Most sales team have a “sales process”. This is a set of steps they take to help the customer make a good decision about their products and services. It typically goes from suspect stage to close stage of the sales cycle. Often these sales processes are written in a very salesperson focused way. They seem to have the goal of “closing” the customer and the worksheets and notes associated with each step are carefully guarded and most certainly never shown to the prospective customer.
In this approach, a sales process is something done TO the customer instead of WITH the customer.
What if salespeople took a different approach and invited their prospective customer into the process? What if salespeople re-wrote the sales cycle steps with the goal of helping the customer make the best possible decision for them? Maybe it is called a Decision Process instead of a sales process?
When a company hires a consulting firm, the consulting firm typically has a process they use on each engagement to understand the customer and then suggest and execute solutions to meet their clients needs. These solutions are typically repeatable based on the diagnosis. This is much of what salespeople do, but salespeople differ in the fact that they try to keep their process a secret.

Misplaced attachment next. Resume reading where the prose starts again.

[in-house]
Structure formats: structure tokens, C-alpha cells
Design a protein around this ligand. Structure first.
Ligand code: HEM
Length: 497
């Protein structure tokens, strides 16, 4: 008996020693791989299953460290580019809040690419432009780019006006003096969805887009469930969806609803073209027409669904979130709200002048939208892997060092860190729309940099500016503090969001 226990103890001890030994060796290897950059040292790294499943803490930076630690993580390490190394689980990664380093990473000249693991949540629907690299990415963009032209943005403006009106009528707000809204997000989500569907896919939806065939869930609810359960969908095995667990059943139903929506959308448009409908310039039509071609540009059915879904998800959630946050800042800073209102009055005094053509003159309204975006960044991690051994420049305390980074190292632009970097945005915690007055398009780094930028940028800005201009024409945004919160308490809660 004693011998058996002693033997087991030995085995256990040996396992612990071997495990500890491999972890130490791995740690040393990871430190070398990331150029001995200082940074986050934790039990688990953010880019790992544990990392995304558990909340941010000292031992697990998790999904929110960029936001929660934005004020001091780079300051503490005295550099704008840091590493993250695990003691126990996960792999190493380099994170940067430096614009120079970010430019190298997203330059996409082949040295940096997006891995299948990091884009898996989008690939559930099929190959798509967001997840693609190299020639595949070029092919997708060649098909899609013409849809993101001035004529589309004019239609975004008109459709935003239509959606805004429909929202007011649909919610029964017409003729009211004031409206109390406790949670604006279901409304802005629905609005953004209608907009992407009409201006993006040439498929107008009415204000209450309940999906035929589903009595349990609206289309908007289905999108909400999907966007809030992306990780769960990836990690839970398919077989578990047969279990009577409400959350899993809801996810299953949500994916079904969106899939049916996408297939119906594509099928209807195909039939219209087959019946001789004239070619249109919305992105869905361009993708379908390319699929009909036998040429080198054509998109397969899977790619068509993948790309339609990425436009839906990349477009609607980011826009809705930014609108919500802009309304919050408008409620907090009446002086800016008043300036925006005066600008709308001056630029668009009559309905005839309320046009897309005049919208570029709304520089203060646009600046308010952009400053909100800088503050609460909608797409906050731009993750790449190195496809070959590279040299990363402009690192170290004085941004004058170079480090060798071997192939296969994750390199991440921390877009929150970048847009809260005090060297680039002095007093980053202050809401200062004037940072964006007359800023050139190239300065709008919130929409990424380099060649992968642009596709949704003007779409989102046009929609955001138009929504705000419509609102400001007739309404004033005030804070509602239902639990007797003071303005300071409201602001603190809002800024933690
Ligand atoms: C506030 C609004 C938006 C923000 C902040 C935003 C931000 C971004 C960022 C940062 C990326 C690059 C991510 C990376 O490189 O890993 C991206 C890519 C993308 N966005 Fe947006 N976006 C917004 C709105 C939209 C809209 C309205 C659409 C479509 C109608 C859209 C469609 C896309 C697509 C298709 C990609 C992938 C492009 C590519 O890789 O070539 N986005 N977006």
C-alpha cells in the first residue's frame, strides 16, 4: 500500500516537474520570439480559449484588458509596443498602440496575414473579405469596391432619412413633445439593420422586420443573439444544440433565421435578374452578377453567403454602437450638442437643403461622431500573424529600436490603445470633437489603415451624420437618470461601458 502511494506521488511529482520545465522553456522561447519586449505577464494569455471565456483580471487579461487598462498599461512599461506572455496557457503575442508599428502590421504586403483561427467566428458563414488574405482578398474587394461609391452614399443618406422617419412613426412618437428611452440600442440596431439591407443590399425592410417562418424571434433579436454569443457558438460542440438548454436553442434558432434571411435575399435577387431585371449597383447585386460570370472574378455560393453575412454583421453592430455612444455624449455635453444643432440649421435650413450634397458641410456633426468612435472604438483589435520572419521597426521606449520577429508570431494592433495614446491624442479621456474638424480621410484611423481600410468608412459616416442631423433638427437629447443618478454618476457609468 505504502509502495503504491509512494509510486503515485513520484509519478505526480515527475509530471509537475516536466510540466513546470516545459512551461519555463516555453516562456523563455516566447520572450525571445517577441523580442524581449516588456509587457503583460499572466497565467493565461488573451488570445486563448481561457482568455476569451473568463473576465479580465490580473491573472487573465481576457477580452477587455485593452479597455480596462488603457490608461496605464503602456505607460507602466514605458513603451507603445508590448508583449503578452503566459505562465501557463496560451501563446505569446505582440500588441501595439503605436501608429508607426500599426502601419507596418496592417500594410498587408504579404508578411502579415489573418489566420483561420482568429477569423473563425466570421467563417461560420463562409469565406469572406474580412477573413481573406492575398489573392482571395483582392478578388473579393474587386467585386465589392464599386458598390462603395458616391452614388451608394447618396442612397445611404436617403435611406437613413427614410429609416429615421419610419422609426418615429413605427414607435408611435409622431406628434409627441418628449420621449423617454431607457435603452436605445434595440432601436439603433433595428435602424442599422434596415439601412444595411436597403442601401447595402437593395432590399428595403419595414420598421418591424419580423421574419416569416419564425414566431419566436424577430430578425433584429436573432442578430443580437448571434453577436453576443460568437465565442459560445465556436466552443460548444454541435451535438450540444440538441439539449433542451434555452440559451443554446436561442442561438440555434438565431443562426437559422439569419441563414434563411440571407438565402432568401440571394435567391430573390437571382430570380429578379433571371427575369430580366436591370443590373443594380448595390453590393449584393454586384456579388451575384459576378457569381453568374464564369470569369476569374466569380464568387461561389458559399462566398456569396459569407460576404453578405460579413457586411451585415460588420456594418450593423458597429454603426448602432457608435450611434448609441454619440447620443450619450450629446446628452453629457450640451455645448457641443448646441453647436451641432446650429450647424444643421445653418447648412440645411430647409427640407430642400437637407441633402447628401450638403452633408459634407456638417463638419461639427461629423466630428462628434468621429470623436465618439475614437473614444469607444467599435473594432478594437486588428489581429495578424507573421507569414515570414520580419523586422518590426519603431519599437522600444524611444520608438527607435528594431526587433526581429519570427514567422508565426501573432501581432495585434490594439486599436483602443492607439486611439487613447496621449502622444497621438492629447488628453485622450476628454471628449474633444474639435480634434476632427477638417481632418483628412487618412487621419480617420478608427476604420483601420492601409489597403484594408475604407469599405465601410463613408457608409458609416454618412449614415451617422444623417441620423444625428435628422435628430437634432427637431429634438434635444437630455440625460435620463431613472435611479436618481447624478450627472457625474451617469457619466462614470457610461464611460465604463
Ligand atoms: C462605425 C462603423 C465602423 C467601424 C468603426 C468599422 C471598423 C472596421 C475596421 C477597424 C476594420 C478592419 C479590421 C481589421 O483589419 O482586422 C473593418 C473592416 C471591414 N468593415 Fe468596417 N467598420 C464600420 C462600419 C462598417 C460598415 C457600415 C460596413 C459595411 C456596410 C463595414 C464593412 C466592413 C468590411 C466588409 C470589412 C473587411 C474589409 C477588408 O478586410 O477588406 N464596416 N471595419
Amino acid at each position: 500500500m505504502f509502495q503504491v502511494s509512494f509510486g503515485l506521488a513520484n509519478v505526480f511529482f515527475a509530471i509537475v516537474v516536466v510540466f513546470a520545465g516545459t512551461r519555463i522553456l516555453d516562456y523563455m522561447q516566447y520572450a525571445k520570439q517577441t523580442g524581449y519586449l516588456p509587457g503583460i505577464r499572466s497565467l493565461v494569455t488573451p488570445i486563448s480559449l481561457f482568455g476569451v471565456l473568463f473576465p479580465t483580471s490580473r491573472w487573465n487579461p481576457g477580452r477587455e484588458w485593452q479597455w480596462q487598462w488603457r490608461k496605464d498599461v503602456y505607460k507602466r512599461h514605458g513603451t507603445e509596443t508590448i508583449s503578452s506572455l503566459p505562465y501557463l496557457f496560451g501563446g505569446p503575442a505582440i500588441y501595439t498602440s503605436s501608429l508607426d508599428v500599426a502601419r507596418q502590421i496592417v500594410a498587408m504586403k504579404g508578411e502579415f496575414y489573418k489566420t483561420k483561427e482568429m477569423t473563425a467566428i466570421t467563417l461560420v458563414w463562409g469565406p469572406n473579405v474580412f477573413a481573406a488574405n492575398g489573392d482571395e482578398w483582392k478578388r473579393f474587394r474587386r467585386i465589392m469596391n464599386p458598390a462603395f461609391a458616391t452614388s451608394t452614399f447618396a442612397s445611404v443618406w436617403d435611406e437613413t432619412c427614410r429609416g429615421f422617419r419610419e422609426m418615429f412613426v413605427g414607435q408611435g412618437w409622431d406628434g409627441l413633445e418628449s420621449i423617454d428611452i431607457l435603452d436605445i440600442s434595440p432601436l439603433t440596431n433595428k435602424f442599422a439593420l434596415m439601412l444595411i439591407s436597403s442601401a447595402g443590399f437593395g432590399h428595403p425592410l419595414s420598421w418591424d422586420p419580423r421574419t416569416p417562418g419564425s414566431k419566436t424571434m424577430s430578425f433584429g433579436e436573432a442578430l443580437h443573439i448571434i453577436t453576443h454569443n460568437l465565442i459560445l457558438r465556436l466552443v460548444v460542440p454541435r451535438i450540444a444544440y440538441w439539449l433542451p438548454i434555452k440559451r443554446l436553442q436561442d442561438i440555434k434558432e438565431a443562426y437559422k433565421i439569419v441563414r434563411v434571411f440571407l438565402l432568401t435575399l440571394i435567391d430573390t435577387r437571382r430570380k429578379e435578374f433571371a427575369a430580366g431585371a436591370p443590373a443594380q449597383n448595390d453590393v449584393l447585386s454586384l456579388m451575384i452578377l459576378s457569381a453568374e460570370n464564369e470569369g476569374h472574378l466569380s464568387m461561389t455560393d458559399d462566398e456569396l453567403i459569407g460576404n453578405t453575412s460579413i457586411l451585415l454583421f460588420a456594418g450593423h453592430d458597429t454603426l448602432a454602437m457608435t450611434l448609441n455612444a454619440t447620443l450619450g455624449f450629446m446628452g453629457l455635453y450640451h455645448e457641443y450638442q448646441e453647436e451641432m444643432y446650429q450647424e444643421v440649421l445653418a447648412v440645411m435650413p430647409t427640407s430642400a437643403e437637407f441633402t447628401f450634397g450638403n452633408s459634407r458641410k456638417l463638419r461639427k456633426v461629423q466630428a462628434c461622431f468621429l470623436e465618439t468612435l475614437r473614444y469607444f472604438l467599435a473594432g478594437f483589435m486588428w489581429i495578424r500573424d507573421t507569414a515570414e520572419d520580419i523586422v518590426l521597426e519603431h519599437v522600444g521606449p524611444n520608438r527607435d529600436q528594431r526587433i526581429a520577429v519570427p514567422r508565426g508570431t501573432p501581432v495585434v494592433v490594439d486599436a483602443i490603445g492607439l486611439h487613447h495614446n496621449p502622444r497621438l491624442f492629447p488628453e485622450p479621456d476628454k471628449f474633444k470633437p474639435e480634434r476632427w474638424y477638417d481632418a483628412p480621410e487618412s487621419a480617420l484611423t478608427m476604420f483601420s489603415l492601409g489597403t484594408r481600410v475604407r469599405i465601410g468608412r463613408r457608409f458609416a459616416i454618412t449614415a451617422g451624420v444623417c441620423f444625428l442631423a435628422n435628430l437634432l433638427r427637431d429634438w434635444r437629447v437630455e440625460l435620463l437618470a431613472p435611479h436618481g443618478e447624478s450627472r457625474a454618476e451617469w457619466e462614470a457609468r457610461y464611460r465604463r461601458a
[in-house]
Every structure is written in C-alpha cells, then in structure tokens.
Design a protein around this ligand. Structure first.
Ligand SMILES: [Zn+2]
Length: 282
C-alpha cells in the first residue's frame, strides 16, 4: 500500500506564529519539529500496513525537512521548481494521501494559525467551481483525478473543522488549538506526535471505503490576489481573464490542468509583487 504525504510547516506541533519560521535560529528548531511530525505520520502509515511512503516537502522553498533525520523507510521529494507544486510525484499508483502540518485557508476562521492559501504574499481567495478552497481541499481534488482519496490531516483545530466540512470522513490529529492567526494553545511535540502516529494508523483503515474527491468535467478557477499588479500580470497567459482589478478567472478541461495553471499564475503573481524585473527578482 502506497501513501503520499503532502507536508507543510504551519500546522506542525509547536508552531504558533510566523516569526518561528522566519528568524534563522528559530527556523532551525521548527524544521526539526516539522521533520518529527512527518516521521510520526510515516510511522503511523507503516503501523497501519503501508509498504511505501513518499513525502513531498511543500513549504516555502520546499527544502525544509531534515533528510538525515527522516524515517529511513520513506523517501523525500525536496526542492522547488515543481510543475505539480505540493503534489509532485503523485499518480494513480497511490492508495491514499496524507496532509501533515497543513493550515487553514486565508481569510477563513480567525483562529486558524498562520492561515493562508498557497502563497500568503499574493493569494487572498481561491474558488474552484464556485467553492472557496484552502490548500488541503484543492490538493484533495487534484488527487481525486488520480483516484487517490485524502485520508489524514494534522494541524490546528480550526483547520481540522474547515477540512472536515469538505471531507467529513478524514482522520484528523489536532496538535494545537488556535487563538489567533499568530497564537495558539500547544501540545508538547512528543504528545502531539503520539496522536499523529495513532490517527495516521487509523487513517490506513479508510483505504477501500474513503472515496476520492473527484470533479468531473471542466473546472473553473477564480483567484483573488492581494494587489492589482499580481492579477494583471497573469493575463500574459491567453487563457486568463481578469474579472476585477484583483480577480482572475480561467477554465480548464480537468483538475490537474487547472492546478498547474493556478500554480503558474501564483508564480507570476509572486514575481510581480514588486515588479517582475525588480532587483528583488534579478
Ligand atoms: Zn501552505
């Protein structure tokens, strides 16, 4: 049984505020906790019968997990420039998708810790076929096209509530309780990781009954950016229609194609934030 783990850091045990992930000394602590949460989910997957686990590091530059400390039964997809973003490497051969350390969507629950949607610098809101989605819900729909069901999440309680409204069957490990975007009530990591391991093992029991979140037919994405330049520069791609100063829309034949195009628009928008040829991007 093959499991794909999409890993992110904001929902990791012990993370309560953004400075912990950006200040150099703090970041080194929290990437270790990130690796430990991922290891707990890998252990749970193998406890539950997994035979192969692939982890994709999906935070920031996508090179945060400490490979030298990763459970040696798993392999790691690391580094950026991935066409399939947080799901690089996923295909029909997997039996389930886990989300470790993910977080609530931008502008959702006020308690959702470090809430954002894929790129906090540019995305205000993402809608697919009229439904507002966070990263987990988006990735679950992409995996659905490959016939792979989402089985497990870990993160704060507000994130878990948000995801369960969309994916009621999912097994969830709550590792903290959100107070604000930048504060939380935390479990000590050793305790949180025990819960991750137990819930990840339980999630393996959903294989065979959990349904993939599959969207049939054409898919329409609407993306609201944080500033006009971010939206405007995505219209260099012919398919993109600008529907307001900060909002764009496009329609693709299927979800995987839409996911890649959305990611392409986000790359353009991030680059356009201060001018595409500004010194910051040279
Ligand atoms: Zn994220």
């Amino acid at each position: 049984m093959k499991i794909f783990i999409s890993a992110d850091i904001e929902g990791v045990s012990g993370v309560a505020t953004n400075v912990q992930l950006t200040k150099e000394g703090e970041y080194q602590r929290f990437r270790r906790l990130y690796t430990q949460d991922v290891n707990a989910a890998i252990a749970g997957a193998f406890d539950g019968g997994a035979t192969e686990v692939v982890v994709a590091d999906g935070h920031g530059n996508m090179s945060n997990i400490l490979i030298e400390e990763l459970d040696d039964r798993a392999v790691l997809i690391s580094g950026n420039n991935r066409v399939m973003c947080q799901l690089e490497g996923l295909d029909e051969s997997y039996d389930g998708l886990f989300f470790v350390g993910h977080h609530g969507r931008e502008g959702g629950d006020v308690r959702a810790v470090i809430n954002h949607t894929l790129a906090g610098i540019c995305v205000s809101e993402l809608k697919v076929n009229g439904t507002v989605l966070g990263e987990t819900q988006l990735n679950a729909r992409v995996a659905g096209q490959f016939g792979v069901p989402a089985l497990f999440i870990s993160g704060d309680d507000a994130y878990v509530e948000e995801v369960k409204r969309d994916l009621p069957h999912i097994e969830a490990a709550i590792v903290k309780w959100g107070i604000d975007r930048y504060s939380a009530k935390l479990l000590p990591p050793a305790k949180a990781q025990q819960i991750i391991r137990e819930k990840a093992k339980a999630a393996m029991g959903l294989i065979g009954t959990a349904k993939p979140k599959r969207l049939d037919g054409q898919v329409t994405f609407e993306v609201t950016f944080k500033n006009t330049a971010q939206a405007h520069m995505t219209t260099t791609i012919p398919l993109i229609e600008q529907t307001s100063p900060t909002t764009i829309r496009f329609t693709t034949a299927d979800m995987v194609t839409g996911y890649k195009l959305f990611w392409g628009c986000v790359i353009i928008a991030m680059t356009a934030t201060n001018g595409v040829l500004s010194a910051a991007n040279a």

Having a tried-and-true, repeatable process builds confidence in customers. Salespeople might want to consider sharing their process and invite the customer to take each step with them. They could share their reports and forms along the way. Along the way, making sure to stay true to their promise of helping them make good decisions and then, together, document and demonstrate it throughout the process. This builds confidence and trust in the salesperson and the process.
To build trust, move an opportunity along a decision process with your customer. They will get on the offense with you instead of on the defense against you.